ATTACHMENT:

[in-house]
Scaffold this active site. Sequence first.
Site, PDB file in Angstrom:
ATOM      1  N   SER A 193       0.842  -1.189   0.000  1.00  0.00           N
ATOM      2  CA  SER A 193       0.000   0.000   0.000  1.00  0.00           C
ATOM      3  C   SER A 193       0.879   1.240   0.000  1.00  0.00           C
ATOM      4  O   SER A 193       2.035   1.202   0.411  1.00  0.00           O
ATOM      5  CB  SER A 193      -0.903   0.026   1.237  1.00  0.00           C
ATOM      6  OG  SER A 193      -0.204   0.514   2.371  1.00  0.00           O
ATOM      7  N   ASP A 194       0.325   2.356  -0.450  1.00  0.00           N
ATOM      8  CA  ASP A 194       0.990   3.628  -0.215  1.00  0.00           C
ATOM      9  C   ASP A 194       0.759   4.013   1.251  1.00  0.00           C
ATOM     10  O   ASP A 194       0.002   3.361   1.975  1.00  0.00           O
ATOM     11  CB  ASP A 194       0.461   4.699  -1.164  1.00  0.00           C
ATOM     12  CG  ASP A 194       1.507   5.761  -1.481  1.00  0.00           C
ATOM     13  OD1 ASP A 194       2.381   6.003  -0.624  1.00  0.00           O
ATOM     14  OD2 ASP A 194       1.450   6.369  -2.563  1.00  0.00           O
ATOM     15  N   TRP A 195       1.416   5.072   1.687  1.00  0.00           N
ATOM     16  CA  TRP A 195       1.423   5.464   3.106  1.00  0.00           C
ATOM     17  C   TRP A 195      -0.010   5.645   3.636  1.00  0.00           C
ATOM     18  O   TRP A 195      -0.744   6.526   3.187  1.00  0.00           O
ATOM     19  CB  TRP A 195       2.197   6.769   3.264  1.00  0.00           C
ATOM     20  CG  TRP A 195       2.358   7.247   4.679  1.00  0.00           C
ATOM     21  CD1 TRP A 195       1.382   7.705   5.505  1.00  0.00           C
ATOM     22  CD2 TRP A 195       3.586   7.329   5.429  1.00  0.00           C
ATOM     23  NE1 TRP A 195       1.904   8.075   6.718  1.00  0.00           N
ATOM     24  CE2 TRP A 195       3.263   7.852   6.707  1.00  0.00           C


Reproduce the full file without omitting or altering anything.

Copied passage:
[in-house]
Scaffold this active site. Sequence first.
Site, PDB file in Angstrom:
ATOM      1  N   SER A 193       0.842  -1.189   0.000  1.00  0.00           N
ATOM      2  CA  SER A 193       0.000   0.000   0.000  1.00  0.00           C
ATOM      3  C   SER A 193       0.879   1.240   0.000  1.00  0.00           C
ATOM      4  O   SER A 193       2.035   1.202   0.411  1.00  0.00           O
ATOM      5  CB  SER A 193      -0.903   0.026   1.237  1.00  0.00           C
ATOM      6  OG  SER A 193      -0.204   0.514   2.371  1.00  0.00           O
ATOM      7  N   ASP A 194       0.325   2.356  -0.450  1.00  0.00           N
ATOM      8  CA  ASP A 194       0.990   3.628  -0.215  1.00  0.00           C
ATOM      9  C   ASP A 194       0.759   4.013   1.251  1.00  0.00           C
ATOM     10  O   ASP A 194       0.002   3.361   1.975  1.00  0.00           O
ATOM     11  CB  ASP A 194       0.461   4.699  -1.164  1.00  0.00           C
ATOM     12  CG  ASP A 194       1.507   5.761  -1.481  1.00  0.00           C
ATOM     13  OD1 ASP A 194       2.381   6.003  -0.624  1.00  0.00           O
ATOM     14  OD2 ASP A 194       1.450   6.369  -2.563  1.00  0.00           O
ATOM     15  N   TRP A 195       1.416   5.072   1.687  1.00  0.00           N
ATOM     16  CA  TRP A 195       1.423   5.464   3.106  1.00  0.00           C
ATOM     17  C   TRP A 195      -0.010   5.645   3.636  1.00  0.00           C
ATOM     18  O   TRP A 195      -0.744   6.526   3.187  1.00  0.00           O
ATOM     19  CB  TRP A 195       2.197   6.769   3.264  1.00  0.00           C
ATOM     20  CG  TRP A 195       2.358   7.247   4.679  1.00  0.00           C
ATOM     21  CD1 TRP A 195       1.382   7.705   5.505  1.00  0.00           C
ATOM     22  CD2 TRP A 195       3.586   7.329   5.429  1.00  0.00           C
ATOM     23  NE1 TRP A 195       1.904   8.075   6.718  1.00  0.00           N
ATOM     24  CE2 TRP A 195       3.263   7.852   6.707  1.00  0.00           C